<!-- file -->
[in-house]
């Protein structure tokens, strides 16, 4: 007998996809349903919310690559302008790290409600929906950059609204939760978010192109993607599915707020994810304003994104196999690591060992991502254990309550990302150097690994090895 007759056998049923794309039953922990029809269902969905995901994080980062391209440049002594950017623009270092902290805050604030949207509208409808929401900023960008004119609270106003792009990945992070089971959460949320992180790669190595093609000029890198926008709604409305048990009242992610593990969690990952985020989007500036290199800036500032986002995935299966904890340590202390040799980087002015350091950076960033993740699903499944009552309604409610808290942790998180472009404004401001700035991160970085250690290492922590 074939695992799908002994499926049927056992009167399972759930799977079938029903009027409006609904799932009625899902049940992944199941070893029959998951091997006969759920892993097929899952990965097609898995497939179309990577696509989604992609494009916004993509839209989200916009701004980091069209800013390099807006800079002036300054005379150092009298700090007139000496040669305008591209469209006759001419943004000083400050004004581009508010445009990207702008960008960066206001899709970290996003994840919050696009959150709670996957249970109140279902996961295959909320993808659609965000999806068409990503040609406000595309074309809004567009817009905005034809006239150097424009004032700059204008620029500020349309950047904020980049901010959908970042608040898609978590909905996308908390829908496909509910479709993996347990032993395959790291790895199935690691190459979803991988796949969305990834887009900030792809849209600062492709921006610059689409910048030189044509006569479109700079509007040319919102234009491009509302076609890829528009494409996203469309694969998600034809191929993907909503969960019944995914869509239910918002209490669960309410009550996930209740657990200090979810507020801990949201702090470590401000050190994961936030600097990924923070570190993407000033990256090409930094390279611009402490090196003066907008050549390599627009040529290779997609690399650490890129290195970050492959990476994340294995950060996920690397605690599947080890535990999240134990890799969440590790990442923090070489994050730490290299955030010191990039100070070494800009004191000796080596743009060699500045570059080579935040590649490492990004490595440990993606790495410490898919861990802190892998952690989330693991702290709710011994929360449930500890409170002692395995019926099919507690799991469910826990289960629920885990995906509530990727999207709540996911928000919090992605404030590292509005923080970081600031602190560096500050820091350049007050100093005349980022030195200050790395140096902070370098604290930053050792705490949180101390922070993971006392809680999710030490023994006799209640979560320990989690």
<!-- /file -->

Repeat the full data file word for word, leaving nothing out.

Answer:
[in-house]
């Protein structure tokens, strides 16, 4: 007998996809349903919310690559302008790290409600929906950059609204939760978010192109993607599915707020994810304003994104196999690591060992991502254990309550990302150097690994090895 007759056998049923794309039953922990029809269902969905995901994080980062391209440049002594950017623009270092902290805050604030949207509208409808929401900023960008004119609270106003792009990945992070089971959460949320992180790669190595093609000029890198926008709604409305048990009242992610593990969690990952985020989007500036290199800036500032986002995935299966904890340590202390040799980087002015350091950076960033993740699903499944009552309604409610808290942790998180472009404004401001700035991160970085250690290492922590 074939695992799908002994499926049927056992009167399972759930799977079938029903009027409006609904799932009625899902049940992944199941070893029959998951091997006969759920892993097929899952990965097609898995497939179309990577696509989604992609494009916004993509839209989200916009701004980091069209800013390099807006800079002036300054005379150092009298700090007139000496040669305008591209469209006759001419943004000083400050004004581009508010445009990207702008960008960066206001899709970290996003994840919050696009959150709670996957249970109140279902996961295959909320993808659609965000999806068409990503040609406000595309074309809004567009817009905005034809006239150097424009004032700059204008620029500020349309950047904020980049901010959908970042608040898609978590909905996308908390829908496909509910479709993996347990032993395959790291790895199935690691190459979803991988796949969305990834887009900030792809849209600062492709921006610059689409910048030189044509006569479109700079509007040319919102234009491009509302076609890829528009494409996203469309694969998600034809191929993907909503969960019944995914869509239910918002209490669960309410009550996930209740657990200090979810507020801990949201702090470590401000050190994961936030600097990924923070570190993407000033990256090409930094390279611009402490090196003066907008050549390599627009040529290779997609690399650490890129290195970050492959990476994340294995950060996920690397605690599947080890535990999240134990890799969440590790990442923090070489994050730490290299955030010191990039100070070494800009004191000796080596743009060699500045570059080579935040590649490492990004490595440990993606790495410490898919861990802190892998952690989330693991702290709710011994929360449930500890409170002692395995019926099919507690799991469910826990289960629920885990995906509530990727999207709540996911928000919090992605404030590292509005923080970081600031602190560096500050820091350049007050100093005349980022030195200050790395140096902070370098604290930053050792705490949180101390922070993971006392809680999710030490023994006799209640979560320990989690």